Guide for authors

Research and Science Today journal

GUIDE FOR AUTHORS


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The work should comply as much as possible the following structure:

  1. The article must be written in Times New Roman fonts, 12 points, one line spacing.
  2. The footnotes must be written in Times New Roman fonts, 10 points.
  3. The title must be written in Times New Roman fonts, 16 points, bold.
  4. On the right side, under the title, there will be the first name of the author in non-capitalized, bold letters, and the last name of the author, written in capitals, bold.
  5. After the name there will be an asterisk (or number), and as a footnote, the capacity of the author, their scientific title (if applicable), the institution, personal e-mail address.
  6. The submitted paper can be written in Romanian, but if it is accepted, it must be fully translated into English, French and German, with its title, abstract and key words written in English.
  7. The materials (article, studies) sent to our journal cannot exceed in total 15 standard pages.
  8. The text and footnotes are written in normal characters and, when applicable, in italics.
  9. Footnotes or text written in bold or capitals are not accepted.
  10. The norms of grammar and orthography of the language in which the article is written must be followed.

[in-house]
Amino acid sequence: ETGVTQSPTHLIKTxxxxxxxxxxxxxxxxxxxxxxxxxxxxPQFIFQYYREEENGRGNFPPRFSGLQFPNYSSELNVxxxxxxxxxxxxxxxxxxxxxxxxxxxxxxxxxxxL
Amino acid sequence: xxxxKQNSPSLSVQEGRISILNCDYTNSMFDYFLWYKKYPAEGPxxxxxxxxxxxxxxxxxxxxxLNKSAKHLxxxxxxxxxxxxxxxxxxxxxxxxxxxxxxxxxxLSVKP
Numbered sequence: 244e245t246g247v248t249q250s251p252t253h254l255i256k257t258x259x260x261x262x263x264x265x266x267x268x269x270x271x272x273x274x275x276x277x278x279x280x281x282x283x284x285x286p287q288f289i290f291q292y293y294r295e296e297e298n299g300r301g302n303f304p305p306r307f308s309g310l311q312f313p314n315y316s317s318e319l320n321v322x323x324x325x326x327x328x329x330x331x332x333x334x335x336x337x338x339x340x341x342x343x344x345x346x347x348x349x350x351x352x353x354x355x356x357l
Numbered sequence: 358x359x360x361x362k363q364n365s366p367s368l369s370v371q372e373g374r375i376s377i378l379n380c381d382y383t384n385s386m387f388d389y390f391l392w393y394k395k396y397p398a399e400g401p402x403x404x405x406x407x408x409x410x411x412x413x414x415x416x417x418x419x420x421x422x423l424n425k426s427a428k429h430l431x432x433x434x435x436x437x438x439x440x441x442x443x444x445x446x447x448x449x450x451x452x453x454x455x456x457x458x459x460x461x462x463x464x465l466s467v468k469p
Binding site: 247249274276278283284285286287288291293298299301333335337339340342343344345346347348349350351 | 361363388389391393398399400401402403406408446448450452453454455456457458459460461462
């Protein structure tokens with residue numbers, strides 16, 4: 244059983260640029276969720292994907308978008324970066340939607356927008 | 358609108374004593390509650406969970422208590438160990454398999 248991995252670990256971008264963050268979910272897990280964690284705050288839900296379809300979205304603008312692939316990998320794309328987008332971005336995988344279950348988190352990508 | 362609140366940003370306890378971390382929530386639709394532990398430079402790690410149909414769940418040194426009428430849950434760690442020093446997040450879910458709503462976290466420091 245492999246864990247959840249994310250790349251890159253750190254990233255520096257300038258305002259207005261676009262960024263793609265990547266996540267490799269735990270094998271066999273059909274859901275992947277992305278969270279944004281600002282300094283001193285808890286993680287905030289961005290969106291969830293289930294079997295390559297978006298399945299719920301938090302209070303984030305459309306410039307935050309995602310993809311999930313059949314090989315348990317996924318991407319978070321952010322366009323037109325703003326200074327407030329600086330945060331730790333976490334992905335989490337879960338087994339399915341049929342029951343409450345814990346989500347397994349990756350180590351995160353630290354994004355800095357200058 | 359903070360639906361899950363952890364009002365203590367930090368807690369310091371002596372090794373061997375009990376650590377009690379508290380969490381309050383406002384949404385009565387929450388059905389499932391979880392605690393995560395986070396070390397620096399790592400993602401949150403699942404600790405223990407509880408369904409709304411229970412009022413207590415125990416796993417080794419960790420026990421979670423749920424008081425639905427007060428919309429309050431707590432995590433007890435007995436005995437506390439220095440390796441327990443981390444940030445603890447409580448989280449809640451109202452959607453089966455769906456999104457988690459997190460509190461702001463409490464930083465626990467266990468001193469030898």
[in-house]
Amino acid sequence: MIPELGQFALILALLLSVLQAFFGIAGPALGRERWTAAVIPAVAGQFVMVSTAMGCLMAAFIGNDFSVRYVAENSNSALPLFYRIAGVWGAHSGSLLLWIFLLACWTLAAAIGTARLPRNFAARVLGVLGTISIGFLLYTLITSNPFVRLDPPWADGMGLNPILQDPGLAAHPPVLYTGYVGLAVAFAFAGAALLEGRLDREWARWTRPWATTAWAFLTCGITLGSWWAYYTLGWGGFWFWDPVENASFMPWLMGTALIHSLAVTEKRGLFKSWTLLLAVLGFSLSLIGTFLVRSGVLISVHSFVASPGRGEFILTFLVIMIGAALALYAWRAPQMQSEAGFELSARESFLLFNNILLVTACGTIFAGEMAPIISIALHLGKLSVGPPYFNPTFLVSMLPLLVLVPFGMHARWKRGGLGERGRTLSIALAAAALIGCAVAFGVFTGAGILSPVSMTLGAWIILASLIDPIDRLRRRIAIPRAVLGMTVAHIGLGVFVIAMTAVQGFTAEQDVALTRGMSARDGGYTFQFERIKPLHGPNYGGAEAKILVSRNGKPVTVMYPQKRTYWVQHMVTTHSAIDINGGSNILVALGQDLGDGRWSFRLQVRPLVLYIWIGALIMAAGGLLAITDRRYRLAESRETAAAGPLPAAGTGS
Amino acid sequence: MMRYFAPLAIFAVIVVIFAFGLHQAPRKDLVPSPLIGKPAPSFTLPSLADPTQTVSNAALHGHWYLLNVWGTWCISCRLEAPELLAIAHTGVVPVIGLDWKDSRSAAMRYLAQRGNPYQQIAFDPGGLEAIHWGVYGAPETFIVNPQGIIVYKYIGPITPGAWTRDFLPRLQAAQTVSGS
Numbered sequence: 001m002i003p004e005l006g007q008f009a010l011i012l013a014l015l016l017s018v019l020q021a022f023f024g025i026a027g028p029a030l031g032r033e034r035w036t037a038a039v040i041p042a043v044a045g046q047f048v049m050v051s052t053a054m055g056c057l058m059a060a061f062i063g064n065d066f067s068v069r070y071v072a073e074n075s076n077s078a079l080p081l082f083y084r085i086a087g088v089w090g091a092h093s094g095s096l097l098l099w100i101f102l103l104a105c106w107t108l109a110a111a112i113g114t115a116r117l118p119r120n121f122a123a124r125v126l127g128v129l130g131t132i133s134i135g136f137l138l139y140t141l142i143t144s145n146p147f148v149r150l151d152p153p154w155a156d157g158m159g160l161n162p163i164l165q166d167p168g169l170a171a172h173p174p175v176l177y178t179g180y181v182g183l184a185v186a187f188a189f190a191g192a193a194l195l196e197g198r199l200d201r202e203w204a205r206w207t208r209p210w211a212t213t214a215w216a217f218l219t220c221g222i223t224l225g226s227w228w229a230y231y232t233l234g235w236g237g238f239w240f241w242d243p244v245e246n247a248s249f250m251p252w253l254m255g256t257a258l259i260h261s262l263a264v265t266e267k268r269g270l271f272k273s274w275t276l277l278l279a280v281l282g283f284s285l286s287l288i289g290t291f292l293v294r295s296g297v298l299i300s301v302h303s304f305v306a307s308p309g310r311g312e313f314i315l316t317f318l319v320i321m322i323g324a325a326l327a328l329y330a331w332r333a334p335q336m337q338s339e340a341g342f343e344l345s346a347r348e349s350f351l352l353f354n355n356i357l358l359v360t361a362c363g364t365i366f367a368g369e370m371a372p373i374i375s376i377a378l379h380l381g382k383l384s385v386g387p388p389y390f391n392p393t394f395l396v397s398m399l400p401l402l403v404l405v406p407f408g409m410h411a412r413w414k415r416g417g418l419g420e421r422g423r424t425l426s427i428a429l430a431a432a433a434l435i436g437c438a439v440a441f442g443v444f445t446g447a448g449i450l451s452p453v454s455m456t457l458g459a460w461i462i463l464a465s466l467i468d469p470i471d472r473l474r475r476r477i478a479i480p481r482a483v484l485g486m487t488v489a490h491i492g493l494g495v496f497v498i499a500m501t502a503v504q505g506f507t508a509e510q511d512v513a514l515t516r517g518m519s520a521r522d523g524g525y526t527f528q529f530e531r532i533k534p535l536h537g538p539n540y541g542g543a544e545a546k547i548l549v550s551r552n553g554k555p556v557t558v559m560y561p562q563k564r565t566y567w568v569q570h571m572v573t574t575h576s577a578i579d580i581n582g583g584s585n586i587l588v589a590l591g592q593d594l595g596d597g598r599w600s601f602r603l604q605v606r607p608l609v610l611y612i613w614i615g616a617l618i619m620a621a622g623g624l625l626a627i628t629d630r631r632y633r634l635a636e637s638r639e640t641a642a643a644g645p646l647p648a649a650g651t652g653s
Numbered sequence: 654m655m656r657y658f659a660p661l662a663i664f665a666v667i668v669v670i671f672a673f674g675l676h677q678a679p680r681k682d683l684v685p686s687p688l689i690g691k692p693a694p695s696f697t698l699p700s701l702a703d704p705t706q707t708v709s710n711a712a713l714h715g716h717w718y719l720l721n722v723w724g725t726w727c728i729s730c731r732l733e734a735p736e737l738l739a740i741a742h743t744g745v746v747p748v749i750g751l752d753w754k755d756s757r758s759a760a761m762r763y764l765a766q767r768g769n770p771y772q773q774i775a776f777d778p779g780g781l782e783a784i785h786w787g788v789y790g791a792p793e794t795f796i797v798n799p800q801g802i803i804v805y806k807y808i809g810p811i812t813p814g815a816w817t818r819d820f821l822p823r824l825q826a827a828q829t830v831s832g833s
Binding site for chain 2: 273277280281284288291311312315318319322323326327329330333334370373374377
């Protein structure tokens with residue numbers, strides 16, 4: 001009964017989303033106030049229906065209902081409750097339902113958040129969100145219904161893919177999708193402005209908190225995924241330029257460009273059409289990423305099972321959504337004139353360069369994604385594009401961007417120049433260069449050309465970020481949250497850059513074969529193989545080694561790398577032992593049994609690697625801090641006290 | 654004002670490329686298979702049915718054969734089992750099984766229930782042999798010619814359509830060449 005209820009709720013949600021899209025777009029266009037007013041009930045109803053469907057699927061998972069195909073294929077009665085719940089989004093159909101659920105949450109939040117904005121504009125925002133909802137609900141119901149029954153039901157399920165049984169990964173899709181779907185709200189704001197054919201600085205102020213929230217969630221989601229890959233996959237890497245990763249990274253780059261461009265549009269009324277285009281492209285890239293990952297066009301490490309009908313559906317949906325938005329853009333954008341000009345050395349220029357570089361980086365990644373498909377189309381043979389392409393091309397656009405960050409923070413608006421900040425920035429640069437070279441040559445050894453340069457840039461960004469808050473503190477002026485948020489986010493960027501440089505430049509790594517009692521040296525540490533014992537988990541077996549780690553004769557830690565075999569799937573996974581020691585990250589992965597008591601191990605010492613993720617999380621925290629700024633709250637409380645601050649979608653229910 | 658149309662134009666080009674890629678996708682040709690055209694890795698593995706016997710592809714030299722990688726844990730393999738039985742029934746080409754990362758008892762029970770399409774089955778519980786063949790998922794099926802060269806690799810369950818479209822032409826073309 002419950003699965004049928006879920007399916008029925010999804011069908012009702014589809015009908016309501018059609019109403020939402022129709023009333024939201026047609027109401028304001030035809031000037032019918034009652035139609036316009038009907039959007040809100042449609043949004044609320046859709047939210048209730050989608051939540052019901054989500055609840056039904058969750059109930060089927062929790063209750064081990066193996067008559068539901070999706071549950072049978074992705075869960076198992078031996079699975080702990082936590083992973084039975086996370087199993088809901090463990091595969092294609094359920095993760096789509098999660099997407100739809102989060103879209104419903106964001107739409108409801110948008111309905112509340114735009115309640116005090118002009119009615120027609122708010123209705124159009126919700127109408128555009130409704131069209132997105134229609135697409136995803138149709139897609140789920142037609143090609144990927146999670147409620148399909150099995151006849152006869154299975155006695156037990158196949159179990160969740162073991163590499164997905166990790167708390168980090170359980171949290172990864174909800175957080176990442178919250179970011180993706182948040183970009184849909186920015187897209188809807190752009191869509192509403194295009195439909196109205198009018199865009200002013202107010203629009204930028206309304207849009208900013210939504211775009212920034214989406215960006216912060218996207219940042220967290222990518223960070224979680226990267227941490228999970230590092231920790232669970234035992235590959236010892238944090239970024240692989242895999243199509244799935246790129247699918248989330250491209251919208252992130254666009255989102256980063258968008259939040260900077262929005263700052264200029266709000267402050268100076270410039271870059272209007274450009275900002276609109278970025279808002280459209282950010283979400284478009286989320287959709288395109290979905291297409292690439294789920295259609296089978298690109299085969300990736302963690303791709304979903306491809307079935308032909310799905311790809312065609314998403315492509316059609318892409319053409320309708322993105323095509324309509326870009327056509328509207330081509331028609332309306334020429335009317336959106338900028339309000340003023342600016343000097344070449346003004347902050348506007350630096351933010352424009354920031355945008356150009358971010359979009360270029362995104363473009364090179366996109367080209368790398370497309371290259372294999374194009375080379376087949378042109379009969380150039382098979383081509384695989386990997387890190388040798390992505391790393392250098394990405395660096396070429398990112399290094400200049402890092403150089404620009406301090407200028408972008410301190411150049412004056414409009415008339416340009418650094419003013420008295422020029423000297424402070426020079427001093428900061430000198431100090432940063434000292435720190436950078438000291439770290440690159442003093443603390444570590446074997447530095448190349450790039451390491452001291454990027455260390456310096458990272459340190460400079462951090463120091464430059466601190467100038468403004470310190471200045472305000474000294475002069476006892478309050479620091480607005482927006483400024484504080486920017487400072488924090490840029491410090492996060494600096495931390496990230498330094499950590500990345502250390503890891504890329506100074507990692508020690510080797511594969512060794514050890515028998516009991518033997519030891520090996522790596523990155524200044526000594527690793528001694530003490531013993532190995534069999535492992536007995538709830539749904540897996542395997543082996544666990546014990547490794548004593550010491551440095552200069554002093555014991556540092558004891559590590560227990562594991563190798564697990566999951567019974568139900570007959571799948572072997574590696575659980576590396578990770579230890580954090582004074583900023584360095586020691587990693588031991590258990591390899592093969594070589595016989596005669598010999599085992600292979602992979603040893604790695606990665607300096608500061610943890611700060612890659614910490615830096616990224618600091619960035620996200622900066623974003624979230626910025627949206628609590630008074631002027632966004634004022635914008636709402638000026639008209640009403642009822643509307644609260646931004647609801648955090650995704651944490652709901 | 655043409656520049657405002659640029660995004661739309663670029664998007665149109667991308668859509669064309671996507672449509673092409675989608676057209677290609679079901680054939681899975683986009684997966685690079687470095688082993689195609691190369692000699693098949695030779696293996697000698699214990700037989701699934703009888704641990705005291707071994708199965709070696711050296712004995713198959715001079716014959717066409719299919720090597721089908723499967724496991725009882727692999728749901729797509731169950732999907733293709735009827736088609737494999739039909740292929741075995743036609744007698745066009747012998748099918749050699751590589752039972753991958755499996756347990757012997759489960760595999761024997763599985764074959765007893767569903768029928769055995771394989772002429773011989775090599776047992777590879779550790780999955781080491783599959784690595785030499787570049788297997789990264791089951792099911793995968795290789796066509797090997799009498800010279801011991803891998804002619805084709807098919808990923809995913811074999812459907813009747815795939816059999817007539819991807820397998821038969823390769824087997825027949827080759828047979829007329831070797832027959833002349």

11. All publications (specialized magazines) are referred with their title in full and italics; any abbreviation is prohibited.
  12. Footnotes are numbered continuously (not started at 1 on every page) – see examples below.
  13. Collaborators are required to observe copyright law, avoiding any form of plagiarism whatsoever. If authors use ideas from other works, they must cite said works and, if applicable, quote the passages lifted from other texts.

 

 

The liability for the contents of the published articles belongs 100% to the authors.

Page settings: left 30 mm, right 25 mm, up 25 mm, down 25 mm, line spacing 1.

 

 

STRUCTURE


Abstract
The abstract must include enough information so that the readers may appreciate the nature and significance of the topic, the research method, the results and conclusions of the work. The summary is not an introduction; it gives an overview of the essential results, doing more than simply numbering the issues presented in the paper.

The abstract will be typed in Times New Roman fonts, 10 points, italic, capitals. It must contain between 100 and 200 words, line spacing 1. It must be translated into English.

Key words

Select 4-7 key words or phrases that catch the essence of the paper. List them in the order of their importance. Key words will be translated into English.